Is Your AC Transmitting Coronavirus?

Is Your AC Transmitting Coronavirus?

Photo courtesy: Creative Designer Architects (CDA) A recent press release by the Government of India stated that there has been increasing evidence of airborne transmission of SARS CoV-2 via aerosols; this is now considered significant by many international health agencies. ...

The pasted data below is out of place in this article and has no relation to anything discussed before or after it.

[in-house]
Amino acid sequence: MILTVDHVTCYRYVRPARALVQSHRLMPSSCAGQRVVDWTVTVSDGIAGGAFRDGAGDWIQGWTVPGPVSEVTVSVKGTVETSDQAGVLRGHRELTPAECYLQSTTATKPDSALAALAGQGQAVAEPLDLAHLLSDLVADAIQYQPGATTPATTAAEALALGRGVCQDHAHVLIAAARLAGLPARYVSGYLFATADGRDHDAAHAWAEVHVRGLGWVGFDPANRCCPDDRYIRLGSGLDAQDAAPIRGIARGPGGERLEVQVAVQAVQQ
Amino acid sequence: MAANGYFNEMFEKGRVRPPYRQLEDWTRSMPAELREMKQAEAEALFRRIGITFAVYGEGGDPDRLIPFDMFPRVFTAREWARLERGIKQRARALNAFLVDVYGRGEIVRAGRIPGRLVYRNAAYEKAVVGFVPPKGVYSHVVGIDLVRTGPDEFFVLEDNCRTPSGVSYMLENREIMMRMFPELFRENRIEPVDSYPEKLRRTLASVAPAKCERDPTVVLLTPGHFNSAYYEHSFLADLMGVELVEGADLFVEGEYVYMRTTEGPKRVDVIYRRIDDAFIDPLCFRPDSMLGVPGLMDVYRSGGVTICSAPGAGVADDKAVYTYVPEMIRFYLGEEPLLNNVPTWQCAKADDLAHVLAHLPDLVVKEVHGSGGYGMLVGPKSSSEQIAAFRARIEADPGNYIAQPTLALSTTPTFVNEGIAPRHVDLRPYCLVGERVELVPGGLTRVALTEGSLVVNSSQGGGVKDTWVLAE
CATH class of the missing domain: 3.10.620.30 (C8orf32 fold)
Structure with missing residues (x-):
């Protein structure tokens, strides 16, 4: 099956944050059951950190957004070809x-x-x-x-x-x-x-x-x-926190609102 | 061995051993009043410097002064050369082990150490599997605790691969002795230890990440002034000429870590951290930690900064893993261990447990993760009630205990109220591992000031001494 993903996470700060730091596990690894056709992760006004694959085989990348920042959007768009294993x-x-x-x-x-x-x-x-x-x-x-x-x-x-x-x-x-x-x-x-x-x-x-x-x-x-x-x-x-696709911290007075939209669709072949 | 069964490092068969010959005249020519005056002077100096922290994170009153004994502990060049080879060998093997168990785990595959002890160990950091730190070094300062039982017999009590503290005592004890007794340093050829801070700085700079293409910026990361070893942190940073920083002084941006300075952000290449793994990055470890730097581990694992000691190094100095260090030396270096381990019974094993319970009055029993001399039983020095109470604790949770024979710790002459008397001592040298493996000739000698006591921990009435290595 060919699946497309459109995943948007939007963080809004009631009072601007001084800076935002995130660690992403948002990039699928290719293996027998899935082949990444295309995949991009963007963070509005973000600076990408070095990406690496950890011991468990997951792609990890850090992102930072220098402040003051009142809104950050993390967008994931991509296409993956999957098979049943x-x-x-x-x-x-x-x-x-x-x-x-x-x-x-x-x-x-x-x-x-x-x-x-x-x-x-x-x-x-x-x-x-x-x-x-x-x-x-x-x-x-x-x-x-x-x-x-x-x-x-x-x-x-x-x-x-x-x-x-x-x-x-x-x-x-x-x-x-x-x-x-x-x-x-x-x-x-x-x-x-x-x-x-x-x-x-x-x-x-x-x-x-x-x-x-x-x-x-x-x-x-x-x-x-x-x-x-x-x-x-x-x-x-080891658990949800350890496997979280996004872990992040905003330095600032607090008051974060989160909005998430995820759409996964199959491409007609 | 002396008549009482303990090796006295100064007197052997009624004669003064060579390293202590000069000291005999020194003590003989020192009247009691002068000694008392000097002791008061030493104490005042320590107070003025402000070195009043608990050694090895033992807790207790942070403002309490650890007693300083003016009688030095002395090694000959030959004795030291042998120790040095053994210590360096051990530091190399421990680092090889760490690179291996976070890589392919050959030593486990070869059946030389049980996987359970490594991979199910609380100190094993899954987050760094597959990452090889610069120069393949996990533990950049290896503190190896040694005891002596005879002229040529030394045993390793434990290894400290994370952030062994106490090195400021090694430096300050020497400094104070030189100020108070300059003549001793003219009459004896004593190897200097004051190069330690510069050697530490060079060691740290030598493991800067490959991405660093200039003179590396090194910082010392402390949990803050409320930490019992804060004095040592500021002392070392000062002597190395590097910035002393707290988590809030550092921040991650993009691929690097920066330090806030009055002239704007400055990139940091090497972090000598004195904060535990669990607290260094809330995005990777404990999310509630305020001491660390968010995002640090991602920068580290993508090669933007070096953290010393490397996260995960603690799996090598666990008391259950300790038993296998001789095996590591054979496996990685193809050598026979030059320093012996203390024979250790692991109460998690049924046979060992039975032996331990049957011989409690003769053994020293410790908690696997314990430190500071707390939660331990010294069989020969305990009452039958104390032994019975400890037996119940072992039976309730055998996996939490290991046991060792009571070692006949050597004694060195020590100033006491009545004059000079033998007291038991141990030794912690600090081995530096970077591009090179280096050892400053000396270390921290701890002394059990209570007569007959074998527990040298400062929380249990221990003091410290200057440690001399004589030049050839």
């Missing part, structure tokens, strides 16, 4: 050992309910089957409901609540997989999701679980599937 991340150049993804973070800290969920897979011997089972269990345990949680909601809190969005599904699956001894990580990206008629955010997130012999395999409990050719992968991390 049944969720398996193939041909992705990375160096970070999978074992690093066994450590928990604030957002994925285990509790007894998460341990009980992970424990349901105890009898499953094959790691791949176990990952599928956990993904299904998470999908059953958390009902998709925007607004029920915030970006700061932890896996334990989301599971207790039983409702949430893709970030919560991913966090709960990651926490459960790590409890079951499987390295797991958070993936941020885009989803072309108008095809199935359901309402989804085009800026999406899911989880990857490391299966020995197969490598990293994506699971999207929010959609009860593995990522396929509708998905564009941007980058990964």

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Photo courtesy: Creative Designer Architects (CDA) A recent press release by the Government of India stated that there has been increasing evidence of airborne transmission of SARS CoV-2 via aerosols; this is now considered significant by many international health agencies. Airborne transmission is a major risk in indoor settings like malls, commercial offices, hospitals, etc. Significantly, research carried out by CSIR constituent labs Centre for Cellular and Molecular Biology (CSIR-CCMB) and CSIR-Institute of Microbial Technology (CSIR-IMTECH) in September 2020 had demonstrated experimentally that SARS-CoV-2 viral particles could be detected in the air even after two hours of exit of infected persons from a room and at distances much greater than a few metres as well, strengthening evidence of airborne transmission of SARS-CoV-2. Based on these studies and recognising the need for effective viral disinfection solutions, the challenge was to develop an effective, fail-proof retrofit device with high intensities to handle fast airflows to be fitted with minimal intervention in air ducts of existing HVAC systems that are widely used indoors in industrial and commercial environments. UV-C disinfection To this end, CSIR-CSIO has developed a UV-C air duct disinfection system. It can be used in any place with an existing air duct/central AC, providing a relatively safer environment for indoor activities in the current pandemic. The technology has been developed according to the requirements for deactivation of SARS CoV-2 virus contained in an aerosol with necessary ventilation measures, necessary safety and user guidelines and tested biosafety standards. UV-C deactivates over 99 per cent of viruses, bacteria, fungus and other bio-aerosols and can be used as a retrofit solution for air-handling units (AHUs) of buildings, transport vehicles and other spinoff applications. The UV-C system is said to be energy-efficient, improves airflow through coils, enhances indoor air quality (IAQ), requires less maintenance, is easy to retrofit with any existing system having AHU ducts, and has a low initial setup cost. The system comes with commercialised standards and certifications. The release also indicated that 28 companies from around the country have been given the design patent and have been transferred the technology. CW explores further and asks experts and concerned institutions their views on the technology. Expertspeak According to Vishal Kapur, Managing Director of MEHO-HCP Air Systems and Chair of ISHRAE’s Technical Committee, “Ultraviolet germicidal irradiation (UVGI) has emerged as a possible solution to eliminate the virus in recirculating air systems. The concept of air stream disinfection has been known to the HVAC industry for a long time. Germicidal lamps with UV-C radiation have been used for several years to inactivate or destroy microorganisms like bacteria, mould, yeast and viruses that severely affect IAQ.” Supporting this, Shrikant Bapat, General Manager, Johnson Controls, says, “UVGI is a proven technology to disinfect microbes like fungi, bacteria and viruses, which could be present on the cooling coil surface of HVAC systems and in the air stream that flows through them. When used together with a good air filtration solution, UVGI deployment makes offices and public places like airports, metros and shopping malls safer from airborne infections for occupants and users.” Creating a technology is one thing but it is implementation at ground level that will help eradicate the virus and fight the pandemic. Cenaura Technologies was one of the 28 companies to be transferred this technology. Director Ragini Ravikiran K says the company has the templates ready for installation and is ready to conduct site surveys for the same. Similarly, Johnson Control also stated that the company has conducted many successful case studies of applying UVGI inside supply air ducts—similar to the CSIR-CSIO methodology—and also in the AHU as well as other types of HVAC units. To ease the implementation process, Kapur says ISHRAE is about to release a white paper on UVGI equipment. The purpose of this document is to detail certain UVGI technologies that are currently available and are purported to be useful to deactivate bacteria and viruses in general and the SARS- CoV2 virus in particular in air-conditioned and/or ventilated indoor spaces. This will be followed by a detailed guidebook and training events to ensure that application in the field is technically correct. The retrofit imperative Hospitals and commercial spaces/offices are the most important places when it comes to the use of the disinfection technology as they are highly susceptible to indoor virus spread through air ducts. As healthcare planning expert Ravideep Singh, Associate Designer, Creative Designer Architects (CDA), says, “Hospitals are highly susceptible to exposing their occupants to high viral load levels compared to other building typologies. Therefore, adopting and implementing effective technology is crucial. Most hospitals had to devise demarcated zones for ‘COVID’ and ‘Non-COVID’ patients. While it may be easy to implement this spatially, ensuring compliance with existing mechanical systems can be quite challenging.” With regard to the issue faced by hospitals regarding air circulation, Singh says, “Most hospital areas, such as patient rooms, ICUs, etc, are served with HVAC systems of the recirculatory type. The air from different zones is taken into a central AHU for thermal conditioning and resupplied. To address this, most hospitals had to block off the return air from the areas designated for COVID-infected patients and enhance the outdoor air intake for AHUs such that it exceeds the supply creating negative pressurisation of at least 2.5 Pa.” As for the implementation process, he explains that the installation of UVGI filters in existing hospital ducts and AHUs is a relatively straightforward process that can be implemented within a few hours. These systems can be added in parts by phasing out areas or zones available during periods of turnarounds or inoccupancy for functioning healthcare facilities. With the second wave situation of the pandemic improving, offices are looking to open back up to employees. When asked about how disinfection technology will prepare its offices to open, Vinod Rohira, CEO, Mindspace Business Parks REIT, says, “We have already implemented required protocols. In fact, we started implementing this kind of disinfection system 10-12 months ago, along with other safety measures.” Evidently, UV-C disinfection technology is not new to the market. Cenaura Technologies and Johnson Controls also say they have existing technologies similar to this that serve the same disinfection purpose. Tackling the challenges Although plans have been chalked out to implement this technology, challenges are inevitable. As Ravikiran explains, “Even if companies with the transferred technology are willing to offer it for free, it is difficult to implement owing to the bureaucratic processes. For example, if we contact malls, the managers say this decision is not theirs to make and ask us to contact the mall owners; mall owners will say that they don’t operate the mall and so can't comment and refer us to the facility managers – this way, it keeps going round and round.” In her opinion, the Government should make it mandatory for all large indoor spaces to get disinfection technology installed, in the interest of saving people’s lives. “Unless people don't understand the seriousness, it’s difficult to implement as there is a cash flow crunch in the market as well. So, even important institutions like hospitals are not voluntarily willing to spend the money and get this installed.” Another challenge, as outlined by her, could have been that thousands of copies of the technology would prove ineffective. But the Government has combated this challenge by licensing and giving the authority to 28 companies to use the technology. An additional roadblock for the industry was scepticism surrounding the use of air-conditioning as it was believed to be a medium for the rapid spread of the virus. Thus, many people opted for non-air-conditioned open-window plans to minimise the spread of the virus. However, contrary to this belief, Kapur of ISHRAE says, “All our recommendations for HVAC systems have focussed on indoor temperature and humidity levels, increased ventilation, improved filtration (air cleaning), better air-flow management and maintenance of the system. Our position has been very clear that air-conditioning systems can perform this function most effectively compared to simply opening the windows, because they correctly ventilate the space and improve IAQ with prescribed air filtration. UVGI is one of the technologies used for air-stream disinfection and can be used across applications to further mitigate the spread of the virus in indoor spaces.” Reinforcing this, Bapat says, “Many industry organisations like ASHRAE, CDC, ISHRAE and OSHA and global corporations like Johnson Controls have been educating the market on how to tune existing HVAC systems to ensure safe and healthy IAQ. UVGI application has a long history and is currently being recognised worldwide as an effective technology to curb transmission of the CoV-2 virus through the air stream inside a conditioned and enclosed space.” In conclusion, all associated experts clearly applaud this technology, whether new or old, and support its implementation for the greater good.